When a Mother Ship goes down (Disney Feature Animation Florida, Fox Animation Phoenix, to name but two) there are usually small studios full of ex-employees that spring up near the smoldering crater, willing, able and anxious to take on new work. The issue isn't mastery of craft, but ability to finance projects. For instance:
Artists at [Secret Legion Studios in Orlando] want to produce what they hope will be an Oscar-worthy, animated short film, “Combover for Dinner.” The light-hearted tale is about a middle-age man who invites the “girl of his dreams” over for dinner as he tries to win her heart while hiding a not-so-hiddensecret: his combover. ... Before they can do that, though, they will need more than $150,000.
The company is selling smart-phone apps to raise the money. To date, it's sold 7,00 applications, which means only 146,000 to go before financing is assured.
We wish them the best of luck.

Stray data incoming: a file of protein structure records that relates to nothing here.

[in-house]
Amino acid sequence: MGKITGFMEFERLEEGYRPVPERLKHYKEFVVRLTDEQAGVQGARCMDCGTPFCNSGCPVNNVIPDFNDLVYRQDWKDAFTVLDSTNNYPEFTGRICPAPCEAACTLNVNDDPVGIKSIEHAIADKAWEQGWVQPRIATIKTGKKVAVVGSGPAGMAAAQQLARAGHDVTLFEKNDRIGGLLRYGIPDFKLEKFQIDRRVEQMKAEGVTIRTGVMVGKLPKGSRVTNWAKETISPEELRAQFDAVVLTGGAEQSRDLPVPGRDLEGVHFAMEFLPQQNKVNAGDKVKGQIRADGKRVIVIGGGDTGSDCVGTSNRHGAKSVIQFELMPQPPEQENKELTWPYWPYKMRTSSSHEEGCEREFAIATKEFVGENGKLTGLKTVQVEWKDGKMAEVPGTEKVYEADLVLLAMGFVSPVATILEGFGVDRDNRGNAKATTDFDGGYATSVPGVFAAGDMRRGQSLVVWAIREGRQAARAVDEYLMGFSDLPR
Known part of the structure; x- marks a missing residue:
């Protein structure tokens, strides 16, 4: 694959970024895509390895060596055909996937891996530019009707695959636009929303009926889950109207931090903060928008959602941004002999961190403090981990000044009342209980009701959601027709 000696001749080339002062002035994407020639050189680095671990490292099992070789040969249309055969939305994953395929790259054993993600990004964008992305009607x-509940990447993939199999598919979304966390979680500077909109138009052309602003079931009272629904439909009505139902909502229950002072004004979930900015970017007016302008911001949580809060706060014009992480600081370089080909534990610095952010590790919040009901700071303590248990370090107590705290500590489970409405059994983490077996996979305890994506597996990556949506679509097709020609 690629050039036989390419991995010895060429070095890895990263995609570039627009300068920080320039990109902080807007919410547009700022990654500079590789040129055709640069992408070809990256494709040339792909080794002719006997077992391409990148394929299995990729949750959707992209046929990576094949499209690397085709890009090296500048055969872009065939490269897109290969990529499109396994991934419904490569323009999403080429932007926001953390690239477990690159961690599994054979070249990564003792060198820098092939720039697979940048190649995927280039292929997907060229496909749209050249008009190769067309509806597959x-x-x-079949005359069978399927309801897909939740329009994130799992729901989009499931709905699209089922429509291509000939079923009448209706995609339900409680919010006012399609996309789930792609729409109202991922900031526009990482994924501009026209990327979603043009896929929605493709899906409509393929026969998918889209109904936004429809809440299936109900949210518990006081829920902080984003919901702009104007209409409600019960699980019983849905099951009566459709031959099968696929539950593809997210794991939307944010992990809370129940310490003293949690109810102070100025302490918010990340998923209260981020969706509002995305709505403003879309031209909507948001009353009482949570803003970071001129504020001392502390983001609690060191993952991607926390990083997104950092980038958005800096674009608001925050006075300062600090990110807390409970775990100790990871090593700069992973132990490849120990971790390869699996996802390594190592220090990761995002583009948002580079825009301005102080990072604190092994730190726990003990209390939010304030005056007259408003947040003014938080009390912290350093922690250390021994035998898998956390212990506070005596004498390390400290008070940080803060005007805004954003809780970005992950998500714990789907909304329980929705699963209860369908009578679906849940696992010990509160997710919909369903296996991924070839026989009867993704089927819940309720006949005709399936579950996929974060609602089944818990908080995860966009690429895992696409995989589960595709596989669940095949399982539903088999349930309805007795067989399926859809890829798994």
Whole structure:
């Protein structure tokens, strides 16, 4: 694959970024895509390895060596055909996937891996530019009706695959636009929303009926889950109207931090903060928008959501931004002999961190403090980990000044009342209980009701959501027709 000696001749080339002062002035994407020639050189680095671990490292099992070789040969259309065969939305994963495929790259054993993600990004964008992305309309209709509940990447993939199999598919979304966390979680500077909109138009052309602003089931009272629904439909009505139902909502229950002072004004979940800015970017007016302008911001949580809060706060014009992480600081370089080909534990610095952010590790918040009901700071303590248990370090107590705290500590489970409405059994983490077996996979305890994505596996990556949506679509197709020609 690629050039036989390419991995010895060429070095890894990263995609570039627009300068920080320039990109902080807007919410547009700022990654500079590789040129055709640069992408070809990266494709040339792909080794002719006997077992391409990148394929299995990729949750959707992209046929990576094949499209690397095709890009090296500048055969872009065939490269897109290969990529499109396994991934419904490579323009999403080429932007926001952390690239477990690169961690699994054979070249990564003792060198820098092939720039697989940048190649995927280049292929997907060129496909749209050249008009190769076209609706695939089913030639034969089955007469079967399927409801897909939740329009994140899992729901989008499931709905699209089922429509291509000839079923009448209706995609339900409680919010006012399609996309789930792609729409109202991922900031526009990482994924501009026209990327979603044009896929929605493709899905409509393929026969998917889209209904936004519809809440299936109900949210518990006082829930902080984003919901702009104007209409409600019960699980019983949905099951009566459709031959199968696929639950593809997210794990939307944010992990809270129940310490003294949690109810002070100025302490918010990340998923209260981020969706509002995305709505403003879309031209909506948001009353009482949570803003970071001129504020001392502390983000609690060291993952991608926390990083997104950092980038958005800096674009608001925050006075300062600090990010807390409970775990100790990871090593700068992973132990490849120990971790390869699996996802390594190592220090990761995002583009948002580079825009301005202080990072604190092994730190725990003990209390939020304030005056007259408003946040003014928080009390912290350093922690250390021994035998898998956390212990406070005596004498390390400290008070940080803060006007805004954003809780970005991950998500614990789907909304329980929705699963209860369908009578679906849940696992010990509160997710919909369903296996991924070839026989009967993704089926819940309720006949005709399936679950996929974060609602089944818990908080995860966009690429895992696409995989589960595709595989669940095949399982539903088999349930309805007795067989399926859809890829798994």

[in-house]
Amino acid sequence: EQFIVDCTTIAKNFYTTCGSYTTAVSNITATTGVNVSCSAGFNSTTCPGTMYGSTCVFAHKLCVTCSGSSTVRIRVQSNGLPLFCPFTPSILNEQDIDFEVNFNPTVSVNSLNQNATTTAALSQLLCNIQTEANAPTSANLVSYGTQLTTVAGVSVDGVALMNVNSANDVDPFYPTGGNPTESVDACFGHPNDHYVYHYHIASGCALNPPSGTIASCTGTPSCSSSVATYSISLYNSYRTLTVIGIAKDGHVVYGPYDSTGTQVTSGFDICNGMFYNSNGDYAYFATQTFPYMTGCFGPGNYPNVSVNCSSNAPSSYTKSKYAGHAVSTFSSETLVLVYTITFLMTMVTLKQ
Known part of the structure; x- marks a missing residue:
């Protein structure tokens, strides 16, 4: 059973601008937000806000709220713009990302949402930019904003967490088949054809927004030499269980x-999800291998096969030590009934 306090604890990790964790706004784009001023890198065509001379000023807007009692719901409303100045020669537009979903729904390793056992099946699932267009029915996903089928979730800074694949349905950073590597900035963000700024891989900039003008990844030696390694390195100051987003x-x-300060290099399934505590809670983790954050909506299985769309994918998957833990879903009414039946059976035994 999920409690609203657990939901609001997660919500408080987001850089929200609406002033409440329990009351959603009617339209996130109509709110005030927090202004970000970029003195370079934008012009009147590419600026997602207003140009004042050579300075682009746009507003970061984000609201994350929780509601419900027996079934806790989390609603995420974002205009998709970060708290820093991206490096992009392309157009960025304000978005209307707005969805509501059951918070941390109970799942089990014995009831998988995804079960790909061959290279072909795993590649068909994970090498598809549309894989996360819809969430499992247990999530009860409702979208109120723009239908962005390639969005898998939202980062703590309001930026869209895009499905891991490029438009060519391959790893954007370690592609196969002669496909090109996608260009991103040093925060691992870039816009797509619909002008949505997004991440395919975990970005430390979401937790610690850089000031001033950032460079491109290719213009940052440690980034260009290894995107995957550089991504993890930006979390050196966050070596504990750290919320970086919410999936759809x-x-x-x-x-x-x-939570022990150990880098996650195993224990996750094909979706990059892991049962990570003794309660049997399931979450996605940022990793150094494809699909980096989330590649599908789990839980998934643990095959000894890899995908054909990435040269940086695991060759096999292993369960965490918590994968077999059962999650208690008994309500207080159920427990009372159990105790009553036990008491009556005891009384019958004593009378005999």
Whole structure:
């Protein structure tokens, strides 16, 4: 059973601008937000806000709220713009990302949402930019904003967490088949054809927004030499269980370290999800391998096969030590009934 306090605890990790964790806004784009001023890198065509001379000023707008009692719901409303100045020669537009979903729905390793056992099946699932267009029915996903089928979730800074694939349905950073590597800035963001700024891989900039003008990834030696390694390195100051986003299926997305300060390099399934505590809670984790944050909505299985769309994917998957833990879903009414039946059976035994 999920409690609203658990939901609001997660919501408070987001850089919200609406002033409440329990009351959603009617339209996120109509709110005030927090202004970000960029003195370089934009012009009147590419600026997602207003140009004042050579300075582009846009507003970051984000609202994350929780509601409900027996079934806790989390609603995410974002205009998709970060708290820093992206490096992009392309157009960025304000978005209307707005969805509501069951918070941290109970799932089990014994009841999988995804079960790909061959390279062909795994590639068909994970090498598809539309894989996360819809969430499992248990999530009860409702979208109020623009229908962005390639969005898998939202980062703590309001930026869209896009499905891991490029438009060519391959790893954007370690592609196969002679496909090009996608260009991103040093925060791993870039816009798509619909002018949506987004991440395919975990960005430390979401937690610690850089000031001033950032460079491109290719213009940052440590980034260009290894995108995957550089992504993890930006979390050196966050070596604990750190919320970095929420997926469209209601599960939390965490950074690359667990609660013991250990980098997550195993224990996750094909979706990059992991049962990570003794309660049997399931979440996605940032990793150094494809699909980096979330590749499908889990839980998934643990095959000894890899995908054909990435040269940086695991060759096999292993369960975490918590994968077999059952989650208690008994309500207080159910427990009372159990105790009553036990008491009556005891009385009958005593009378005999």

The problem for small animation studios dependent on bringing jobs through the door and executing them well to remain alive is, even if you have a facility filled with gifted, hard-working people, you are still at the mercy of our fine, entertainment conglomerates for projects. They will either like your work or not. They will either give you new assignments or not. And if they don't, you will soon be out of business.
Not an easy road, bidding jobs for regional commercials and public service announcements, waiting for the Big Break. Hopefully Secret Legion will get its short made, be nominated for a Little Gold Man, and climb from there. (All the while keeping artists employed.)